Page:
Do you have a particular favourite amongst previous works of art you have made?
I have made quite a few of buildings and punts and boats around Cambridge now and one of them I thought was the nearest I have got to the perfect balance between the shapes, the cut line and the colours. And it’s very simple just five punts floating on the water.
On your website you mention a love of buildings. Do you have a favourite era and if so why?
Art and crafts is beautiful, especially with its sets of sixes and nines of windows and details. Its details of hinges and carvings are beautiful but at heart though I am a classical girl and prefer symmetry and majesty. My favourite of all however? It has to be Georgian. All that balance and refinement – gorgeous.
Is there anywhere abroad which you haven't been to, that you would like to visit?
Any of the Scandinavian countries.... and Venice!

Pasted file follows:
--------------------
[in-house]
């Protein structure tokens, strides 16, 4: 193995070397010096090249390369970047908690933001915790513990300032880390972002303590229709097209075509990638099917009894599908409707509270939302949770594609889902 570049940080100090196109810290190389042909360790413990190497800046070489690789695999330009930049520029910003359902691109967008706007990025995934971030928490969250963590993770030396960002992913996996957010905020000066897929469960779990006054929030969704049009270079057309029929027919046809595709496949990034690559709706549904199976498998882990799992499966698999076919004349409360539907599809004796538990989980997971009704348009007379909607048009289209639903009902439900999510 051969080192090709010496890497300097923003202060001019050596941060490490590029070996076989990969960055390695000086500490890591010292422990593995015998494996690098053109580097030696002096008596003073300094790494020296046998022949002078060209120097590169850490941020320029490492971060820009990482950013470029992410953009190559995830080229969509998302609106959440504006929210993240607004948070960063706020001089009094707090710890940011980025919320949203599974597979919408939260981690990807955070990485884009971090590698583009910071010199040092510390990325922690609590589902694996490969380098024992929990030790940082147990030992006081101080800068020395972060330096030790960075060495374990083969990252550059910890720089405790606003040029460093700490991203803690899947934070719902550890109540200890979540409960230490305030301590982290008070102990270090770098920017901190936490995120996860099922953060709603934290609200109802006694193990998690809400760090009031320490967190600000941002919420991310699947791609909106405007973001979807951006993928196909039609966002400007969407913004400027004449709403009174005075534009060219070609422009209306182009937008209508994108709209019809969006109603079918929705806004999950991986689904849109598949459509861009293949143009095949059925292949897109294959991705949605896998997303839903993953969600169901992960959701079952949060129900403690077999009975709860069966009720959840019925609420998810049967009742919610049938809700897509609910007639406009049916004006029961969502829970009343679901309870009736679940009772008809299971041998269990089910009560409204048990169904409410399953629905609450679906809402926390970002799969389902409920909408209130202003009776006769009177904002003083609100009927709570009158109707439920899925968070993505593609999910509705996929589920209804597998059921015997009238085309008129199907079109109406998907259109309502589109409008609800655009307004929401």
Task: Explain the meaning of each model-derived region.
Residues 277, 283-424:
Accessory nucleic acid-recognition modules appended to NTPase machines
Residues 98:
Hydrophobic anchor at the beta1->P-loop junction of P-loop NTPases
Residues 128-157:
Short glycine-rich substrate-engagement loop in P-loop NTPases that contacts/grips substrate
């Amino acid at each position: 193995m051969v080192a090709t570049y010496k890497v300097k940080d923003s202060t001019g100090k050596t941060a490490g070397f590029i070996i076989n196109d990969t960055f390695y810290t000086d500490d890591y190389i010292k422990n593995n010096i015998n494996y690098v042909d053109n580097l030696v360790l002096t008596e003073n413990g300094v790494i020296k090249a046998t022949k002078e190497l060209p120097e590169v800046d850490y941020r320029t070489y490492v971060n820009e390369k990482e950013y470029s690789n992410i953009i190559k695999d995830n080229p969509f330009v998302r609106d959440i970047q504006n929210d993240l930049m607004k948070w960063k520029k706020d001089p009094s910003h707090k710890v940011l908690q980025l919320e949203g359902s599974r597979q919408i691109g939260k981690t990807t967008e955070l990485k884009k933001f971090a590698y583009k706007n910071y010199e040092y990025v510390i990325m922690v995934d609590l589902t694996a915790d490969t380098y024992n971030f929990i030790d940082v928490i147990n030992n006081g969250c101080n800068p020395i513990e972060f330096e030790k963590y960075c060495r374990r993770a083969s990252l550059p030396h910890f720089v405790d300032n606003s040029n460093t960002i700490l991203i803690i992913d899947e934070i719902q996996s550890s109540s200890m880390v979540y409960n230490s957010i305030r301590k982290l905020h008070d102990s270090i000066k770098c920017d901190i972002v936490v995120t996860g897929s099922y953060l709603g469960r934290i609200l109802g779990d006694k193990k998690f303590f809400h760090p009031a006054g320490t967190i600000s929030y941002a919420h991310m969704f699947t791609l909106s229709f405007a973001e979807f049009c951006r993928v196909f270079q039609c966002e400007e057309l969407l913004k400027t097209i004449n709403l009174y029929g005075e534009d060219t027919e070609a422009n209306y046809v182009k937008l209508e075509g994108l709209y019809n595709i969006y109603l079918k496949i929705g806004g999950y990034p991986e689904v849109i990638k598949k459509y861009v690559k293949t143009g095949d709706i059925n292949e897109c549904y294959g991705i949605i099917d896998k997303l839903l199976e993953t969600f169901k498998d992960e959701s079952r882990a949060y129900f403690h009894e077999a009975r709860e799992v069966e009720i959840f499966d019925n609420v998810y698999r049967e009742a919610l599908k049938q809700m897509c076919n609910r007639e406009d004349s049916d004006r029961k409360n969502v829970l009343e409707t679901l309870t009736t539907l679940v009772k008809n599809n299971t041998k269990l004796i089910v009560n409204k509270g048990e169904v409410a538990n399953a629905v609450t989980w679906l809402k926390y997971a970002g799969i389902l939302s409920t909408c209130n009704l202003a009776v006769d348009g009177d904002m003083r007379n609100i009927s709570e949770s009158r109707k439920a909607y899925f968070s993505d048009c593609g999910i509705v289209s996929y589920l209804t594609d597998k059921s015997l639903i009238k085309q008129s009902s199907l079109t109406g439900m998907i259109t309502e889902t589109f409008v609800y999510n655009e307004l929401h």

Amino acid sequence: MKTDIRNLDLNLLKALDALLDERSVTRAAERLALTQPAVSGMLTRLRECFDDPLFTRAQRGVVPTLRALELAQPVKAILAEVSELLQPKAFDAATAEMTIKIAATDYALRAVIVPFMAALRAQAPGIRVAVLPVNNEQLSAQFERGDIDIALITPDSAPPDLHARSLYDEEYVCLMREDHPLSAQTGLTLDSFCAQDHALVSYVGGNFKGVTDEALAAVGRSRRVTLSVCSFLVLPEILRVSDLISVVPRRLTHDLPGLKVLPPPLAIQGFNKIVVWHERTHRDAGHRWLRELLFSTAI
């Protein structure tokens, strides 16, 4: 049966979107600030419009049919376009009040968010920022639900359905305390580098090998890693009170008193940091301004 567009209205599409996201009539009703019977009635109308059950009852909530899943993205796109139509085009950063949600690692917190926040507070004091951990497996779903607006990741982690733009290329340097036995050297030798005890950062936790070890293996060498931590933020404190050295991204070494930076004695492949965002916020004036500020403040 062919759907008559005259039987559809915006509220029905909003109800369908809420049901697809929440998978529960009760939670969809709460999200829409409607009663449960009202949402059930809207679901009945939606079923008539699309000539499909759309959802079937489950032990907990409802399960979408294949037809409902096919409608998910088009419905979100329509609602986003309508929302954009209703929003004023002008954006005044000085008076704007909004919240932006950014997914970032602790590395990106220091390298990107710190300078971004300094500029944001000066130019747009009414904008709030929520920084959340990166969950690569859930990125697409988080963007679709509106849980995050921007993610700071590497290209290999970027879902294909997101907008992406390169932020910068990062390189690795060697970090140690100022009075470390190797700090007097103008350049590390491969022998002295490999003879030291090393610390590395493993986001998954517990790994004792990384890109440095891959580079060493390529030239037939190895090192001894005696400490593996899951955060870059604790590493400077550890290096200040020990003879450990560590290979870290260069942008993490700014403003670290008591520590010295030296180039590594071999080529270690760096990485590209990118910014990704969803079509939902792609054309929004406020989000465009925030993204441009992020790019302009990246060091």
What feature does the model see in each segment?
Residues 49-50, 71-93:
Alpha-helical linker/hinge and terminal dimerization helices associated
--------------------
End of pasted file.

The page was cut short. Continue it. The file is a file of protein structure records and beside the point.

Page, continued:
Is there anywhere abroad you have visited, that you would love to revisit?
I would like to go to Holland again to see that huge amount of sky again. I get near to a landscape like that when I go into Bedfordshire and I just smile and smile when I am there.
Do you have a favourite political figure in history?
I am a big fan of William Wilberforce. I admire him a great deal.
Which figure has been your greatest inspiration?
Picasso for being a dogmatic genius for my art head and my father for struggling on in spite of the ravages of Parkinson’s. Its a terrible disease.
Favourite Bond movie?
It has to be Casino Royale with Daniel Craig. That scene with him walking out of the sea in those Speedos is completely unforgettable.
Favourite Doctor Who?
OOOh easy - Tom Baker. I grew up in the 70’s!!
Chocolate, vanilla, or mint?
f you mean ice cream – a weird thing happened about two years ago and I just didn’t like it any more.... but I love mint chocolate... especially if it’s very plain and snaps in your fingers.